Henry taught himself to play guitar by listening to albums. He began writing poems, inspired by William Carlos Williams, a leader of the imagist movement. After graduating from high school, he went to the University of Michigan, where he was an English major. He had never learned to read music, so he couldn’t be part of the music program, he says. He started playing places around Ann Arbor and eventually hired musicians to back him in a studio, so he could create demos.

He was signed to Profile records and released his first album, “Talk of Heaven,” in 1986. His third album, “Shuffletown,” was produced by T Bone Burnett, who became a mentor to Henry and helped him begin producing other people’s albums, something he’s continued.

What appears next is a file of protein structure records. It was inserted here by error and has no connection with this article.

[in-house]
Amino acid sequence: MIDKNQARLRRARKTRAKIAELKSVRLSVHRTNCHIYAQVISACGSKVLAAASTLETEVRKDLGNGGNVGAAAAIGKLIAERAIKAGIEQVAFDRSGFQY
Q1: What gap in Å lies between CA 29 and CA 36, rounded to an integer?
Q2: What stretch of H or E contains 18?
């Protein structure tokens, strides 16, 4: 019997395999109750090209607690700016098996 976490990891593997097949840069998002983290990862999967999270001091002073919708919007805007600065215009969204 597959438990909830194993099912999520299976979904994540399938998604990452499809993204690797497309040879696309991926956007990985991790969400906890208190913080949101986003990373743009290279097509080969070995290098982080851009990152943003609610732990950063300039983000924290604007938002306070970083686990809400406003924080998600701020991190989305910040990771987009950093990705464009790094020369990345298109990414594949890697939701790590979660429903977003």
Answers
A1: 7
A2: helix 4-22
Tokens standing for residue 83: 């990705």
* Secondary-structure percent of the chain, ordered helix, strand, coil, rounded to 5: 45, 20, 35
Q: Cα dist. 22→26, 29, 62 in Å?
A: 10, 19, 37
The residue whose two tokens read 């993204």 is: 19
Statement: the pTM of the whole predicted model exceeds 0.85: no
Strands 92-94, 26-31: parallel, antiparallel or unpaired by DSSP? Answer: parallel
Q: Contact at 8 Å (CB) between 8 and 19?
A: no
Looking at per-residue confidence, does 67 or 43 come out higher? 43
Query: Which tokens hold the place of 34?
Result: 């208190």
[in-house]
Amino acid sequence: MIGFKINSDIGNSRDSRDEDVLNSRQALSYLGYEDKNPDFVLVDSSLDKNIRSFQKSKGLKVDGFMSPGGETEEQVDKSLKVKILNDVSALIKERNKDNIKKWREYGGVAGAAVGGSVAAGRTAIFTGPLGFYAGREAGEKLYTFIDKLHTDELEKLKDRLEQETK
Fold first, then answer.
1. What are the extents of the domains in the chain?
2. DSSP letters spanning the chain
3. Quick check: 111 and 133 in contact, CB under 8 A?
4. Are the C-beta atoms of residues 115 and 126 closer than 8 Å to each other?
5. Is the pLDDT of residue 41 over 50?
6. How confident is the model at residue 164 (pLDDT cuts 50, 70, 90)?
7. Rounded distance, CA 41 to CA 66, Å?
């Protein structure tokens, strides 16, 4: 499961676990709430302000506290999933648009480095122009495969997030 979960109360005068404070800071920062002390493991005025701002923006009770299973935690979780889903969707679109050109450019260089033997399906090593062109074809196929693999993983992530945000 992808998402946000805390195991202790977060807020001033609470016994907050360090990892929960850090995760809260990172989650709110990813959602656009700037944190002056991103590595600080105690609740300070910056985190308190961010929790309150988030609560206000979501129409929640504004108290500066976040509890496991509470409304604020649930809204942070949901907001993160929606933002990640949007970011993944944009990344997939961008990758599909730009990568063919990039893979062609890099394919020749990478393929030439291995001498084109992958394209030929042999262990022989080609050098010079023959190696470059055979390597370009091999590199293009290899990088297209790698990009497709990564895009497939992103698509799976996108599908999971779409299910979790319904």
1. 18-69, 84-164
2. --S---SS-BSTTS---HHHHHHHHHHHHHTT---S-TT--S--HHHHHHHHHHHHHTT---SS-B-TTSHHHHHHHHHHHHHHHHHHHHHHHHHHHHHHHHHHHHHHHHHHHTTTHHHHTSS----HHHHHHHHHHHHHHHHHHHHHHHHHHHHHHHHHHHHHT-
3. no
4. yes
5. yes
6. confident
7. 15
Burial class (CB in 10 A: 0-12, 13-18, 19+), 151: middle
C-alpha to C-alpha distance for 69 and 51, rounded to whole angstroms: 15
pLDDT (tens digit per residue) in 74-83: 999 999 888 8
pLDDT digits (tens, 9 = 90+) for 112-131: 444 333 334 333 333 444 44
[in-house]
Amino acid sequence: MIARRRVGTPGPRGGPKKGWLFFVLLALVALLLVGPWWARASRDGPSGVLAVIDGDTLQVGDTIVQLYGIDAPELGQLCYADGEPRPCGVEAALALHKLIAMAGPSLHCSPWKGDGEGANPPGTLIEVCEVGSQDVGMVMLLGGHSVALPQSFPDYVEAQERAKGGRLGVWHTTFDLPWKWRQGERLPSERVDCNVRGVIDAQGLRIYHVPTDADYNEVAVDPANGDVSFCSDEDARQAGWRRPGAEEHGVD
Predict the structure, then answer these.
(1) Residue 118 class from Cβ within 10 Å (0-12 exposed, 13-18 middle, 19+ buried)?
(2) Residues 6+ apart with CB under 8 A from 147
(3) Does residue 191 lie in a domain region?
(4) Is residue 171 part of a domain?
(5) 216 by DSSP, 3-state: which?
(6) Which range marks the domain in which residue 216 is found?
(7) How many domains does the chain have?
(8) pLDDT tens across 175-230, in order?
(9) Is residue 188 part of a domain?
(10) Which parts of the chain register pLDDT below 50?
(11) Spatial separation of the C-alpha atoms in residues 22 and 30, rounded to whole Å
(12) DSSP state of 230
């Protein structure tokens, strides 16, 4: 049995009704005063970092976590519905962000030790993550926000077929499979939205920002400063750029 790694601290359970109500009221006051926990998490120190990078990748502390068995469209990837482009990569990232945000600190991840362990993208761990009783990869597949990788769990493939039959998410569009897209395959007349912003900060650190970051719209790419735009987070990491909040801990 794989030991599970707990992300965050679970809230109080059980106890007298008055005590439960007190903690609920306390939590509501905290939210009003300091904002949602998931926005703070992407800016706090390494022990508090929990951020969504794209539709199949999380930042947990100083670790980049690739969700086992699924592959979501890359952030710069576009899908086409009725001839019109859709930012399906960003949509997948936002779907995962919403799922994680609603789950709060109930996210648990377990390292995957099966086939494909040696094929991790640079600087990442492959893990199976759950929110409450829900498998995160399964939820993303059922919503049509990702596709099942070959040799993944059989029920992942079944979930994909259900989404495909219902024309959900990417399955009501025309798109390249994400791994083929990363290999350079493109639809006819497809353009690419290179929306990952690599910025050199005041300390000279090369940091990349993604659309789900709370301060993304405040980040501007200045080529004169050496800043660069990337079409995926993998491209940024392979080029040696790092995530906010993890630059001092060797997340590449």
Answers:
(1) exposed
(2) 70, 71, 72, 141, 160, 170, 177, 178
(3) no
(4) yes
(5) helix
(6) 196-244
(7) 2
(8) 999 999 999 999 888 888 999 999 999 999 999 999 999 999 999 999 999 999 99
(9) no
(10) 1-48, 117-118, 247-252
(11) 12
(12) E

Henry’s career began a few years after Madonna had achieved pop stardom, and they didn’t have much chance to talk about the music business except occasionally “across the Thanksgiving table,” Henry said.


But that changed in the late ’90s. Henry wrote a song very quickly just because he wanted to have something to record on some new home studio equipment he was trying out. He was proud of his new set up, so he called Melanie in to hear what he had recorded, a song he called “Stop.” Melanie thought it sounded like something Madonna should sing, but Henry said he couldn’t hear it. But he trusted Melanie. She pitched the song to her sister, who almost immediately told Henry she wanted to record it. Retitled and reworked, the song “Don’t Tell Me,” was released in 2000 and became a hit. It’s one of several songs that Henry and Madonna have collaborated on.